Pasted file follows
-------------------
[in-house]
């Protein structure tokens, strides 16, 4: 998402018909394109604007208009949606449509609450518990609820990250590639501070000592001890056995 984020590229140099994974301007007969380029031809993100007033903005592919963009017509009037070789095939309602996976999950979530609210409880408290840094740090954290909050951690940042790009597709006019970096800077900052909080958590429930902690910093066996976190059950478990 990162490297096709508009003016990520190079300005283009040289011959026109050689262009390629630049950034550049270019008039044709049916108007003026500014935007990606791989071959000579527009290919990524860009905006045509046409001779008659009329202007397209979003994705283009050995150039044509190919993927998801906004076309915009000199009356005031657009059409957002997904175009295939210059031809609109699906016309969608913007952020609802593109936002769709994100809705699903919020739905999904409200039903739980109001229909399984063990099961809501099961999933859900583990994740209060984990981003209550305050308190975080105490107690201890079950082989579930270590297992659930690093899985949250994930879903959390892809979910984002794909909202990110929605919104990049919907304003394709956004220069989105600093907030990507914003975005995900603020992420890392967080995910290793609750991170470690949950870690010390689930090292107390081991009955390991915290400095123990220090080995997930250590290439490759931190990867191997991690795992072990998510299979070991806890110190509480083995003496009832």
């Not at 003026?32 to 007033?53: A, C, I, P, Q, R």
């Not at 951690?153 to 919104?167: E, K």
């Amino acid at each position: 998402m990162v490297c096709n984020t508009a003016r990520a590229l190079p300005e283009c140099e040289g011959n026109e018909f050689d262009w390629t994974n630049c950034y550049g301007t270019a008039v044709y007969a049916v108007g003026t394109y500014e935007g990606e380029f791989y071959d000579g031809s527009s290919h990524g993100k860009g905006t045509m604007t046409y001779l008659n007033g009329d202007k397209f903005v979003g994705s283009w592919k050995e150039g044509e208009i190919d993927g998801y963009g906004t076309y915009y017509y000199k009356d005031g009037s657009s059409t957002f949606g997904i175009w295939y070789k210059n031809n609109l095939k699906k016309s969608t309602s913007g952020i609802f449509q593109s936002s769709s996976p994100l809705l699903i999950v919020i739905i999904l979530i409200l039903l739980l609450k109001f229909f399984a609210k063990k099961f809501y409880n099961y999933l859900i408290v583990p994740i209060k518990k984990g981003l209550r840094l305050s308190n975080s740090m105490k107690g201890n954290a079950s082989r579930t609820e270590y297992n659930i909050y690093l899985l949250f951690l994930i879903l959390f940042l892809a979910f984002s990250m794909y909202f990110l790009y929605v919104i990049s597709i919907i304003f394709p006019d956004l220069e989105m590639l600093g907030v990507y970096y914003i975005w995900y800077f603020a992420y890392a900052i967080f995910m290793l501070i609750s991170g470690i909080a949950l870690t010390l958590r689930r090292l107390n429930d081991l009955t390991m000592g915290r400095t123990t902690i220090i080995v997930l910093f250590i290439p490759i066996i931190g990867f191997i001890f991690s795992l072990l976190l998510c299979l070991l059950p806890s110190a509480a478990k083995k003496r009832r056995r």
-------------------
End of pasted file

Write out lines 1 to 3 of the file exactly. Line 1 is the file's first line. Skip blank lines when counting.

[in-house]
């Protein structure tokens, strides 16, 4: 998402018909394109604007208009949606449509609450518990609820990250590639501070000592001890056995 984020590229140099994974301007007969380029031809993100007033903005592919963009017509009037070789095939309602996976999950979530609210409880408290840094740090954290909050951690940042790009597709006019970096800077900052909080958590429930902690910093066996976190059950478990 990162490297096709508009003016990520190079300005283009040289011959026109050689262009390629630049950034550049270019008039044709049916108007003026500014935007990606791989071959000579527009290919990524860009905006045509046409001779008659009329202007397209979003994705283009050995150039044509190919993927998801906004076309915009000199009356005031657009059409957002997904175009295939210059031809609109699906016309969608913007952020609802593109936002769709994100809705699903919020739905999904409200039903739980109001229909399984063990099961809501099961999933859900583990994740209060984990981003209550305050308190975080105490107690201890079950082989579930270590297992659930690093899985949250994930879903959390892809979910984002794909909202990110929605919104990049919907304003394709956004220069989105600093907030990507914003975005995900603020992420890392967080995910290793609750991170470690949950870690010390689930090292107390081991009955390991915290400095123990220090080995997930250590290439490759931190990867191997991690795992072990998510299979070991806890110190509480083995003496009832």
């Not at 003026?32 to 007033?53: A, C, I, P, Q, R």